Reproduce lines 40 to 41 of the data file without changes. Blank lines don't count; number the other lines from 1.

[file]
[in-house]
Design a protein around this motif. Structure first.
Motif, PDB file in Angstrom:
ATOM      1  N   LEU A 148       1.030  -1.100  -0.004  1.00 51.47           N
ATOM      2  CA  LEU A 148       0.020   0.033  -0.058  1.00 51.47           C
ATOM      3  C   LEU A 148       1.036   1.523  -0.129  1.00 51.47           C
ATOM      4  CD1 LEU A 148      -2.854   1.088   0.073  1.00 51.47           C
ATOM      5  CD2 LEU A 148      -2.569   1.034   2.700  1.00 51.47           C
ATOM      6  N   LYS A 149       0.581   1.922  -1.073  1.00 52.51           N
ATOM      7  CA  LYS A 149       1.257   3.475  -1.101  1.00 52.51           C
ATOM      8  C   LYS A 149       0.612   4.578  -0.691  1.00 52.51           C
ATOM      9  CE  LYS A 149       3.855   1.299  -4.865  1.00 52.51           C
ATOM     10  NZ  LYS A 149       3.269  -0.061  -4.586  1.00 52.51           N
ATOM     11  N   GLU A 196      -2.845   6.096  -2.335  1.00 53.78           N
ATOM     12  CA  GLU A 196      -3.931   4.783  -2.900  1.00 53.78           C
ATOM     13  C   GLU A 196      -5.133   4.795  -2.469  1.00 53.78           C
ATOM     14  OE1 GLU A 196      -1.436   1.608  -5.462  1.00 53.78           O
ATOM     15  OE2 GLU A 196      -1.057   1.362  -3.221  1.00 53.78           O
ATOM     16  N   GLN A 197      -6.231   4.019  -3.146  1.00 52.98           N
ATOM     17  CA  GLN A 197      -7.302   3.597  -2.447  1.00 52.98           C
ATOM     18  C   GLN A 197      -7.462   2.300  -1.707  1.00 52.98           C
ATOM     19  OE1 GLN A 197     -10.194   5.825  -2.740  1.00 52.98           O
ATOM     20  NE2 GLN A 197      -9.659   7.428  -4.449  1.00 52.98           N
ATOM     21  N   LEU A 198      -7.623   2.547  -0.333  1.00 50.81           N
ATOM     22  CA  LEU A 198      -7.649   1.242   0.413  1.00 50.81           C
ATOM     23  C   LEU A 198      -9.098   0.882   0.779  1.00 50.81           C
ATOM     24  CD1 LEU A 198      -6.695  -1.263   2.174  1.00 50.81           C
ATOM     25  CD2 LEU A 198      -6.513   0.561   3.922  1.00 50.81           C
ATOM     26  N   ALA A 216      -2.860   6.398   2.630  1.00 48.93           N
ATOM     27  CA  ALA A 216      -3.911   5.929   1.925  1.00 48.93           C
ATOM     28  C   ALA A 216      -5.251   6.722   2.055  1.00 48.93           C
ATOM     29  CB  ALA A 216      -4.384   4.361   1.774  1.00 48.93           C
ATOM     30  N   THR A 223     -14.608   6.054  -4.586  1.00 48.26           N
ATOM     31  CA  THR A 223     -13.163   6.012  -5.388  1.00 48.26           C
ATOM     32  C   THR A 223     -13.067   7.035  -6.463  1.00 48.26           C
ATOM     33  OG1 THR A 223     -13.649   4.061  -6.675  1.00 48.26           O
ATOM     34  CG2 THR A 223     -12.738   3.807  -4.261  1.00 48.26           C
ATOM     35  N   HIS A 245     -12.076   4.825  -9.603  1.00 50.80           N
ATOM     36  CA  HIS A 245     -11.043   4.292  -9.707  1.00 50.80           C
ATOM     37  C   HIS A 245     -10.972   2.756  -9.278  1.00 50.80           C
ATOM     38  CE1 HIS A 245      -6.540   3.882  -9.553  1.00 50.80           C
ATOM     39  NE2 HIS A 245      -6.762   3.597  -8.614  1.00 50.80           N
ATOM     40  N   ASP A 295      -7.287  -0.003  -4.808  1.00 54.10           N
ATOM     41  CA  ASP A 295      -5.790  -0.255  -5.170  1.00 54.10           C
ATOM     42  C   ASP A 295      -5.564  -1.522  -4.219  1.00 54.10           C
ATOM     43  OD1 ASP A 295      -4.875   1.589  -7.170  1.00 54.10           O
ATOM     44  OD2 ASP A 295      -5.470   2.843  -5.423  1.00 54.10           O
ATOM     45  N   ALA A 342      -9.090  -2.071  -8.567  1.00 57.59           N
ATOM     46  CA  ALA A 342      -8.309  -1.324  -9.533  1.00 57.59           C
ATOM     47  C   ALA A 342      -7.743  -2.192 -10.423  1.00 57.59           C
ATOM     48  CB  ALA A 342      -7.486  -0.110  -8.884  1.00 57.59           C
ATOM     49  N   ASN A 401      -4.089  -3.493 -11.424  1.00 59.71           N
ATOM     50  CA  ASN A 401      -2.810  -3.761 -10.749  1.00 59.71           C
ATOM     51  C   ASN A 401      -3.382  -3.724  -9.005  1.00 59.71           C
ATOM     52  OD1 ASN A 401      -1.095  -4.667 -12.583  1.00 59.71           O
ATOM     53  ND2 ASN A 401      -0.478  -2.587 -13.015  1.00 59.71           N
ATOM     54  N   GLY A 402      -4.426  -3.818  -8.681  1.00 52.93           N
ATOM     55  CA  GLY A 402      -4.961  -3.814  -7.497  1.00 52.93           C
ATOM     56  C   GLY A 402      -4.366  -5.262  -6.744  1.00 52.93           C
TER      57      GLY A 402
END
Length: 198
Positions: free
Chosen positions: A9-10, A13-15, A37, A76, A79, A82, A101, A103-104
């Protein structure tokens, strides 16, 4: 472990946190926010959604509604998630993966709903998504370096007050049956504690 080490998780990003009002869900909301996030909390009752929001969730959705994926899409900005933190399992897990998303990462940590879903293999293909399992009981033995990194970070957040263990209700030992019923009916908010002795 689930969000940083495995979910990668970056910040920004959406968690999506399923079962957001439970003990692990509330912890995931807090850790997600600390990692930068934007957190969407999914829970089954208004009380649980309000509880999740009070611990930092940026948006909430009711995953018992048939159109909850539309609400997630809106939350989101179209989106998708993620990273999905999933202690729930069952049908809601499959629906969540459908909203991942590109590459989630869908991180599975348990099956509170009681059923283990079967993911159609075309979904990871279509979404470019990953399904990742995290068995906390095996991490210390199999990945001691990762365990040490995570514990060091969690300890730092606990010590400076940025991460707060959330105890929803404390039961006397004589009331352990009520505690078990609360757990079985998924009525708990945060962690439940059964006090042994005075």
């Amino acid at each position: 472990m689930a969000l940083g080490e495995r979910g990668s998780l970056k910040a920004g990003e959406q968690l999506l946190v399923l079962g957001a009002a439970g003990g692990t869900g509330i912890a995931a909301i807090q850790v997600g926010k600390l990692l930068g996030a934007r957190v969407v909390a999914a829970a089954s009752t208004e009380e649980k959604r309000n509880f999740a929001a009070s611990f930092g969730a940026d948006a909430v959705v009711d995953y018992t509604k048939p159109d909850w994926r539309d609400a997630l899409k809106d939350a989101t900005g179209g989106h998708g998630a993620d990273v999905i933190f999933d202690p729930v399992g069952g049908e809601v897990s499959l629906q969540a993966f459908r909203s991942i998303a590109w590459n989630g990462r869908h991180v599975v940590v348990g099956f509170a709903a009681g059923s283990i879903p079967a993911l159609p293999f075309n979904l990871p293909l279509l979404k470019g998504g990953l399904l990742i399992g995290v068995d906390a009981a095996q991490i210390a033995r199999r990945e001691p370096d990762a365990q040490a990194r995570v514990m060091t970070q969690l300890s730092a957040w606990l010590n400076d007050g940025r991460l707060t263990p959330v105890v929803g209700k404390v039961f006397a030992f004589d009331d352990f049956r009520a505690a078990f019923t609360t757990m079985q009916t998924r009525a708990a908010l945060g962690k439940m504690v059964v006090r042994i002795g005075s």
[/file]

ATOM     37  C   HIS A 245     -10.972   2.756  -9.278  1.00 50.80           C
ATOM     38  CE1 HIS A 245      -6.540   3.882  -9.553  1.00 50.80           C